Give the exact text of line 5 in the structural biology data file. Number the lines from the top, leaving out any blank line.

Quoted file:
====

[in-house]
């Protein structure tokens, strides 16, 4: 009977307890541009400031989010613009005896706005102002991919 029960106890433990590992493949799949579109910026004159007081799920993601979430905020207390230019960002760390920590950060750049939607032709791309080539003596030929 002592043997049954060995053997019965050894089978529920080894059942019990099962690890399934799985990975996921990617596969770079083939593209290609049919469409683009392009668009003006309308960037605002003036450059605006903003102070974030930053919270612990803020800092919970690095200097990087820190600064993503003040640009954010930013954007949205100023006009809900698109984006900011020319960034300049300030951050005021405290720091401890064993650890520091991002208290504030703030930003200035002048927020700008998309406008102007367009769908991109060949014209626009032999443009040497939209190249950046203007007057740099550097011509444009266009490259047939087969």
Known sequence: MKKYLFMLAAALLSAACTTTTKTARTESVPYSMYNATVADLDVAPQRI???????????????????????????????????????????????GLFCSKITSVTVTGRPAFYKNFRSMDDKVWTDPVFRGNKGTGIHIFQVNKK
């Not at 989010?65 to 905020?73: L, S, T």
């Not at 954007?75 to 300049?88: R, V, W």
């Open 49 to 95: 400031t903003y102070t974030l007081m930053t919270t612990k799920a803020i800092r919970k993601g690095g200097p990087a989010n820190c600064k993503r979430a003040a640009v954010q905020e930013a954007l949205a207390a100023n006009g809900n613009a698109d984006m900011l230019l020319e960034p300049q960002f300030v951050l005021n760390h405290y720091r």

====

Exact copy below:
């Not at 954007?75 to 300049?88: R, V, W």